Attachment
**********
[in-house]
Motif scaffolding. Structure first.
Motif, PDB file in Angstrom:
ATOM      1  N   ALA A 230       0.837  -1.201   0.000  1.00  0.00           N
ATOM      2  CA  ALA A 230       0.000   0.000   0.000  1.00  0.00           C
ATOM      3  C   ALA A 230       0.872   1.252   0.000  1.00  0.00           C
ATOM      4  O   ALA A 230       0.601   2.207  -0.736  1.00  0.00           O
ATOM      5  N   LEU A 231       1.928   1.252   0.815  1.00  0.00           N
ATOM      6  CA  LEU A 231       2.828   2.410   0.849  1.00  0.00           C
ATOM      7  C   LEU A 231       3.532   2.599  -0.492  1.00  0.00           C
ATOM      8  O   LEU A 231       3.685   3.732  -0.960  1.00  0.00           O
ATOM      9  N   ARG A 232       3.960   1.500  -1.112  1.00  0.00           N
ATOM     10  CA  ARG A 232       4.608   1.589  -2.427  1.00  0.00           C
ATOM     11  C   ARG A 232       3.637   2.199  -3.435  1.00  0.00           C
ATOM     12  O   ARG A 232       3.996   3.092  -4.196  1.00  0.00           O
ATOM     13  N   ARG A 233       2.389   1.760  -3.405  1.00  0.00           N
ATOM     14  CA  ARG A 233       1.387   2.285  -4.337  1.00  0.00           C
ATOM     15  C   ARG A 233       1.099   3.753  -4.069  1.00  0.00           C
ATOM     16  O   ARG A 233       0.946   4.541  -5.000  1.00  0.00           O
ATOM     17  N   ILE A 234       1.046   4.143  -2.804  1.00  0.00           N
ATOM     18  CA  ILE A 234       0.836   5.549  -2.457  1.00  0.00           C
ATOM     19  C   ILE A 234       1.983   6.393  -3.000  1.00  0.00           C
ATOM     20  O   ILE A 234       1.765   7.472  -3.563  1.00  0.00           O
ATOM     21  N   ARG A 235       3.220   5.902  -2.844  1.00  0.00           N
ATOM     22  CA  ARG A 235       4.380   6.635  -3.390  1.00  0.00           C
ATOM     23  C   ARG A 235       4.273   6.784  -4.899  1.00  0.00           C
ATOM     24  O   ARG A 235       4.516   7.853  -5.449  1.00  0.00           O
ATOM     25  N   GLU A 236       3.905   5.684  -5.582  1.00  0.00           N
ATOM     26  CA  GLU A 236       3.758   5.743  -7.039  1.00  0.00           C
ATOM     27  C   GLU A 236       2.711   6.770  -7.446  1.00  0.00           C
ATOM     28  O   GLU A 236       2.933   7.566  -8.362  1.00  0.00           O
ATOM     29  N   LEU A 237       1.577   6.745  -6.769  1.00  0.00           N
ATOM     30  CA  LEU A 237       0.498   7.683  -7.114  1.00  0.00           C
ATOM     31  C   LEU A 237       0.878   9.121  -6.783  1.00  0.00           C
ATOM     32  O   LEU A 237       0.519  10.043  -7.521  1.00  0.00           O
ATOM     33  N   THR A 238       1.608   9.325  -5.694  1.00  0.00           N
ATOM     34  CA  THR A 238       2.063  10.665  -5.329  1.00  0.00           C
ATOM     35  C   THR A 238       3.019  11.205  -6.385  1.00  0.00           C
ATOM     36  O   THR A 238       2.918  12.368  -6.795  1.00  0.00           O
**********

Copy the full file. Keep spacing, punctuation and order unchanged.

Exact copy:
[in-house]
Motif scaffolding. Structure first.
Motif, PDB file in Angstrom:
ATOM      1  N   ALA A 230       0.837  -1.201   0.000  1.00  0.00           N
ATOM      2  CA  ALA A 230       0.000   0.000   0.000  1.00  0.00           C
ATOM      3  C   ALA A 230       0.872   1.252   0.000  1.00  0.00           C
ATOM      4  O   ALA A 230       0.601   2.207  -0.736  1.00  0.00           O
ATOM      5  N   LEU A 231       1.928   1.252   0.815  1.00  0.00           N
ATOM      6  CA  LEU A 231       2.828   2.410   0.849  1.00  0.00           C
ATOM      7  C   LEU A 231       3.532   2.599  -0.492  1.00  0.00           C
ATOM      8  O   LEU A 231       3.685   3.732  -0.960  1.00  0.00           O
ATOM      9  N   ARG A 232       3.960   1.500  -1.112  1.00  0.00           N
ATOM     10  CA  ARG A 232       4.608   1.589  -2.427  1.00  0.00           C
ATOM     11  C   ARG A 232       3.637   2.199  -3.435  1.00  0.00           C
ATOM     12  O   ARG A 232       3.996   3.092  -4.196  1.00  0.00           O
ATOM     13  N   ARG A 233       2.389   1.760  -3.405  1.00  0.00           N
ATOM     14  CA  ARG A 233       1.387   2.285  -4.337  1.00  0.00           C
ATOM     15  C   ARG A 233       1.099   3.753  -4.069  1.00  0.00           C
ATOM     16  O   ARG A 233       0.946   4.541  -5.000  1.00  0.00           O
ATOM     17  N   ILE A 234       1.046   4.143  -2.804  1.00  0.00           N
ATOM     18  CA  ILE A 234       0.836   5.549  -2.457  1.00  0.00           C
ATOM     19  C   ILE A 234       1.983   6.393  -3.000  1.00  0.00           C
ATOM     20  O   ILE A 234       1.765   7.472  -3.563  1.00  0.00           O
ATOM     21  N   ARG A 235       3.220   5.902  -2.844  1.00  0.00           N
ATOM     22  CA  ARG A 235       4.380   6.635  -3.390  1.00  0.00           C
ATOM     23  C   ARG A 235       4.273   6.784  -4.899  1.00  0.00           C
ATOM     24  O   ARG A 235       4.516   7.853  -5.449  1.00  0.00           O
ATOM     25  N   GLU A 236       3.905   5.684  -5.582  1.00  0.00           N
ATOM     26  CA  GLU A 236       3.758   5.743  -7.039  1.00  0.00           C
ATOM     27  C   GLU A 236       2.711   6.770  -7.446  1.00  0.00           C
ATOM     28  O   GLU A 236       2.933   7.566  -8.362  1.00  0.00           O
ATOM     29  N   LEU A 237       1.577   6.745  -6.769  1.00  0.00           N
ATOM     30  CA  LEU A 237       0.498   7.683  -7.114  1.00  0.00           C
ATOM     31  C   LEU A 237       0.878   9.121  -6.783  1.00  0.00           C
ATOM     32  O   LEU A 237       0.519  10.043  -7.521  1.00  0.00           O
ATOM     33  N   THR A 238       1.608   9.325  -5.694  1.00  0.00           N
ATOM     34  CA  THR A 238       2.063  10.665  -5.329  1.00  0.00           C
ATOM     35  C   THR A 238       3.019  11.205  -6.385  1.00  0.00           C
ATOM     36  O   THR A 238       2.918  12.368  -6.795  1.00  0.00           O